- The guard was hit so hard that the blow left a dent on his safety helmet.
- For a second I thought the bullet had gone right through, as I felt a pain in the front and back of my head, but I soon realised the bullet had done little damage other than make a slight dent in my skull.
- Inside the bridge of the Goldoba, Ramirez clenched the rails around the helmsman's chair so hard he left dents in the metal.
- Also looking wistfully at the three library books I must return tomorrow; I've had them for six weeks, but have scarce made a dent in them, such is my perdition.
- A signature-revocation effort by opponents made a dent in the final tally but was not enough to keep the initiative off the ballot.
- But the wage demands of players in recent years have been such that these vast sums have barely made a dent in the economic problems of English football.
- The body crumpled limply but inertia carried it into the side of a car with enough force to seriously dent the entire side and shove it three feet sideways into its parked neighbour.
- The passenger side window was smashed, the light clusters were smashed, and the panels on the drivers side door were dented.
- With a growl, Satyr turned on the engine and accelerated into his father's car, denting the side and scratching the doors.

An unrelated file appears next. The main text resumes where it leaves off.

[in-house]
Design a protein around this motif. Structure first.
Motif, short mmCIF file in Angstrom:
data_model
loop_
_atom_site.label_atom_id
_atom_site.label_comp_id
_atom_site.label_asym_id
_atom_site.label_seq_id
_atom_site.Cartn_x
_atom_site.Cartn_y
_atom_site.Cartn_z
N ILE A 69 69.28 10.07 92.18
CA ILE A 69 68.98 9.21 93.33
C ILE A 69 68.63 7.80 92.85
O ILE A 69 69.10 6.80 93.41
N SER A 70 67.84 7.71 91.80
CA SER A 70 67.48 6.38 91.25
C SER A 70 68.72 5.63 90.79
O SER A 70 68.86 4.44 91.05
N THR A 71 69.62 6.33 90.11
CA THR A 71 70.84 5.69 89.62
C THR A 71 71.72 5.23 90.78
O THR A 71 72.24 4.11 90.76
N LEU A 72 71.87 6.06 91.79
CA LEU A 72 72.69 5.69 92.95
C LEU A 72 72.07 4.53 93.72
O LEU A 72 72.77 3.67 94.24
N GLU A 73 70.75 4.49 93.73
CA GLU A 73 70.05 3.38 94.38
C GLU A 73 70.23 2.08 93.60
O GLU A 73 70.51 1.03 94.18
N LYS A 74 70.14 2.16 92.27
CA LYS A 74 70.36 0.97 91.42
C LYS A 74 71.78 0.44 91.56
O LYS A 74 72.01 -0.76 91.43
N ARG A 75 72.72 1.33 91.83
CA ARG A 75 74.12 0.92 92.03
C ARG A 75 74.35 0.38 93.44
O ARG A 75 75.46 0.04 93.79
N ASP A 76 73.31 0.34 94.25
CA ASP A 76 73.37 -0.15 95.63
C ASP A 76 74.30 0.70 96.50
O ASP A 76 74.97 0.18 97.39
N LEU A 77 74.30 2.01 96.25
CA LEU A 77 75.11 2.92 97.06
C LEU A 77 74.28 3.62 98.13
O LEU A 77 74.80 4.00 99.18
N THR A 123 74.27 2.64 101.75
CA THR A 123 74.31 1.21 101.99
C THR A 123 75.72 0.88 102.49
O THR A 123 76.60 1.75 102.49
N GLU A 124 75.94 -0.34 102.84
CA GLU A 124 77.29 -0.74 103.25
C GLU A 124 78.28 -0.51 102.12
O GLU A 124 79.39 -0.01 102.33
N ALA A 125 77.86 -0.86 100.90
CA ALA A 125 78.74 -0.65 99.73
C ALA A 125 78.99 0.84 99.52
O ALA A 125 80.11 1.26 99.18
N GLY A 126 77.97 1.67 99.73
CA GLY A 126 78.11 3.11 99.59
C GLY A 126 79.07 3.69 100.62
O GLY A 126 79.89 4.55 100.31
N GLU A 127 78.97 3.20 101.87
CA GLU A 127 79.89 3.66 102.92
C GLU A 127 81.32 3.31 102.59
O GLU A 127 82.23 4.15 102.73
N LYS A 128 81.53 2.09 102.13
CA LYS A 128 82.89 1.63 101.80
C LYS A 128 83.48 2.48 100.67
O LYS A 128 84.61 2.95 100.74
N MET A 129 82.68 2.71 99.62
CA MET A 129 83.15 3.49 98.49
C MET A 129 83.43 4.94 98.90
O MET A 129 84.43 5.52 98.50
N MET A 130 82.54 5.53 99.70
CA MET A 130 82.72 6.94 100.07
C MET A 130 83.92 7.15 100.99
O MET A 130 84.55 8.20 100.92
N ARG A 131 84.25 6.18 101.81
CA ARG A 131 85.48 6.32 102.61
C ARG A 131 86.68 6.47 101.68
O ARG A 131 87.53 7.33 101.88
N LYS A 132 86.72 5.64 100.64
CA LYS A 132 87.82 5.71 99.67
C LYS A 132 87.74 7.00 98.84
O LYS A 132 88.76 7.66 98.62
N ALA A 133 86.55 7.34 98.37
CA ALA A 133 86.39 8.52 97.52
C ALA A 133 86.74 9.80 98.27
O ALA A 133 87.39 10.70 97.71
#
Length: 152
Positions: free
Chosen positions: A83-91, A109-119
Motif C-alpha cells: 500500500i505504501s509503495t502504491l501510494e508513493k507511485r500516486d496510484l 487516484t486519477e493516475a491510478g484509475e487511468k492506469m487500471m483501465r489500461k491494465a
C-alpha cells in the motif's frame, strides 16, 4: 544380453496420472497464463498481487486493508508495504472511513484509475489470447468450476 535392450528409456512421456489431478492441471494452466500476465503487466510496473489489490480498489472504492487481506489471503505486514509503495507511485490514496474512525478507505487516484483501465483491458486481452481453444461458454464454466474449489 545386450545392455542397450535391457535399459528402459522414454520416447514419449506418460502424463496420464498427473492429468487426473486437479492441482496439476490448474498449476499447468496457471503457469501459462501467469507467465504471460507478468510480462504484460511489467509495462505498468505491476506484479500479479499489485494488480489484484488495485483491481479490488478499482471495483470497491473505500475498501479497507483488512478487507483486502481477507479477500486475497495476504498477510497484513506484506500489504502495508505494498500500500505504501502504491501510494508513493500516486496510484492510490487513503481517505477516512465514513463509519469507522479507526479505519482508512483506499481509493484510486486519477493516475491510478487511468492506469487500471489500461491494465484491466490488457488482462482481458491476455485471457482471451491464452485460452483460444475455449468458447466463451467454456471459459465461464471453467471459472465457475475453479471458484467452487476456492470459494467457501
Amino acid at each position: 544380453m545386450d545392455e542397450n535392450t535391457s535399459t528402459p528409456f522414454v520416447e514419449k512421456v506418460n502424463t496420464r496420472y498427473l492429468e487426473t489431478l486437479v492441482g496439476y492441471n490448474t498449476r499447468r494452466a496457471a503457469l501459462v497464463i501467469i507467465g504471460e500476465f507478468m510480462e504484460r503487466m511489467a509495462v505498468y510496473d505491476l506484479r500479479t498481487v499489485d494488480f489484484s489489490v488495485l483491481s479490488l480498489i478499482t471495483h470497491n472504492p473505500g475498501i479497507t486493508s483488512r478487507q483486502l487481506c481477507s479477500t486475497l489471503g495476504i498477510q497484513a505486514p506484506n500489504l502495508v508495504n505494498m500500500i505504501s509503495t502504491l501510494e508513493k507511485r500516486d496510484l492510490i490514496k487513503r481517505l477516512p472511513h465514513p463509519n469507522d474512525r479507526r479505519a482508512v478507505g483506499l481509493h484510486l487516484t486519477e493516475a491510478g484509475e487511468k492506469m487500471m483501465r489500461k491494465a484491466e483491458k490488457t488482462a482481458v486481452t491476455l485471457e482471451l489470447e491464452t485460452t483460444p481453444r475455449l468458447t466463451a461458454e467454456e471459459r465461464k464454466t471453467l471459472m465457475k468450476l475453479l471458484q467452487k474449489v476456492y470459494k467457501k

- The adverse publicity dented the airline's reputation and at the end of the year a loss of £25,483 was recorded.
- He insists the experience hasn't dented his enthusiasm for making another film, but he would never adapt one of his plays again.
- But that has not dented his anticipation or enthusiasm for the coming campaign.
Middle English (as a noun designating a blow with a weapon): variant of dint.
indent from Late Middle English:
Although their meanings have in common an idea of a gap or notch, there are two completely unrelated words indent in English. One, meaning ‘to make a dent or impression in’, is formed directly from dent (Middle English) ‘a hollow made by a blow or pressure’, which is a variant form of dint. The other goes back to Latin dens ‘tooth’, the source of dental (late 16th century) and related words. Its first meaning was ‘to give a zigzag outline to’, like a set of sharp teeth. The legal term indenture (Late Middle English), ‘a legal document, contract, or agreement’, is related. Before the days of easy duplication, lawyers would write out the same contract twice on a single piece of parchment or paper. They would then separate the two sections with a serrated or wavy edge and give one to each party. If ever there was a dispute, the fact that the two edges fitted together was proof that they were the same agreement.
Words that rhyme with dentabsent, accent, anent, ascent, assent, augment, bent, cement, cent, circumvent, consent, content, event, extent, ferment, foment, forewent, forwent, frequent, gent, Ghent, Gwent, lament, leant, lent, meant, misrepresent, misspent, outwent, pent, percent, pigment, rent, scent, segment, sent, spent, stent, Stoke-on-Trent, Tashkent, tent, torment, Trent, underspent, underwent, vent, went
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